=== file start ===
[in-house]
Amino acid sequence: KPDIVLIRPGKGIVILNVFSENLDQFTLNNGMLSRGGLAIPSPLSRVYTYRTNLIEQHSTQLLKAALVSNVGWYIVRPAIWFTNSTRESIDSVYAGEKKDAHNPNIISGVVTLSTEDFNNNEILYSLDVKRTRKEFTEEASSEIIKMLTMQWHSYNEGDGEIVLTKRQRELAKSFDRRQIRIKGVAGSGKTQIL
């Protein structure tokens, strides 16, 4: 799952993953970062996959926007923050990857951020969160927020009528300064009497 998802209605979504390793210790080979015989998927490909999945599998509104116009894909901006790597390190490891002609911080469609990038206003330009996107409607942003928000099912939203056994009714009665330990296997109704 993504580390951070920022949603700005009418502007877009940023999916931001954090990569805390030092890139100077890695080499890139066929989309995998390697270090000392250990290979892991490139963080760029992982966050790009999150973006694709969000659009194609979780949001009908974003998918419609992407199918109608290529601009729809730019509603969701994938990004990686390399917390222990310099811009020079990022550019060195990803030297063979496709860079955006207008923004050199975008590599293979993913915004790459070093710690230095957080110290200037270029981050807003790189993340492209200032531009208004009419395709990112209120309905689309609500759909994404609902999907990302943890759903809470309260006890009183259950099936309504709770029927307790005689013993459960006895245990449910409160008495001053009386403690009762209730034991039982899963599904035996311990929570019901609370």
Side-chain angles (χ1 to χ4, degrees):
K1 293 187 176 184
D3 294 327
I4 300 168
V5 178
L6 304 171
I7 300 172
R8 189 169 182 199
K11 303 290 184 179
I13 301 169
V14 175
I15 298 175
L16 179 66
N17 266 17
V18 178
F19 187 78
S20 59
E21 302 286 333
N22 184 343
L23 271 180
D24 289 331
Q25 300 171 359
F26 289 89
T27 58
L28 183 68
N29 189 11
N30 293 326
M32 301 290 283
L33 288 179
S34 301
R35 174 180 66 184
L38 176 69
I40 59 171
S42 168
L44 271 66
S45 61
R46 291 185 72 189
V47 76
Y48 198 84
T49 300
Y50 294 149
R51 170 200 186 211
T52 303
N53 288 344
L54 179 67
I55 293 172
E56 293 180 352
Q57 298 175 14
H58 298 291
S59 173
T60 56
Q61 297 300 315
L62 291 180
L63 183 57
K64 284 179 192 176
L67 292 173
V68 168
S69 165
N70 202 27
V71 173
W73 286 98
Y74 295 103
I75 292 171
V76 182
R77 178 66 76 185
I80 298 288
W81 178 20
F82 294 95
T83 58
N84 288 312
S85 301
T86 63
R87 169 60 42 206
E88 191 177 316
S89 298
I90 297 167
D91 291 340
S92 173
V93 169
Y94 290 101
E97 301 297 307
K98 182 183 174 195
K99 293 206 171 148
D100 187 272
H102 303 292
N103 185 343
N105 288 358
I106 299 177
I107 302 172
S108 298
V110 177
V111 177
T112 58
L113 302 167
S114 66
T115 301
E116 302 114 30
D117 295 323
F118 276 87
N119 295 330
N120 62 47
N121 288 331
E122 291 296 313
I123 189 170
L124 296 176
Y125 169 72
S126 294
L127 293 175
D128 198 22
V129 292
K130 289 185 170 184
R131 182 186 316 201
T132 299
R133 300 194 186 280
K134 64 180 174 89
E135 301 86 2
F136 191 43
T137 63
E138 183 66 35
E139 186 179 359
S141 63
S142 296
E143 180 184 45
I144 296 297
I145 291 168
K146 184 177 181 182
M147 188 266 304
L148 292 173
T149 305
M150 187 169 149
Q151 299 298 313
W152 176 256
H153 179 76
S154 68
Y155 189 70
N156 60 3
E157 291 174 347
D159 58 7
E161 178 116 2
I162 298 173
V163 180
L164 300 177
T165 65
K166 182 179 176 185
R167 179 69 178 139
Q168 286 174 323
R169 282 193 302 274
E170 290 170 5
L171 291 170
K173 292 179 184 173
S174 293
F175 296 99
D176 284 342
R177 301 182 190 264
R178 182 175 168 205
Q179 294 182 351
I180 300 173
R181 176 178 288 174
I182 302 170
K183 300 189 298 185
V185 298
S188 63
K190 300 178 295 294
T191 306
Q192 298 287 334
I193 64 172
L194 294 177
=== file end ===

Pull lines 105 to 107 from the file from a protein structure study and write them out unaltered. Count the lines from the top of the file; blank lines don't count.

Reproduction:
N121 288 331
E122 291 296 313
I123 189 170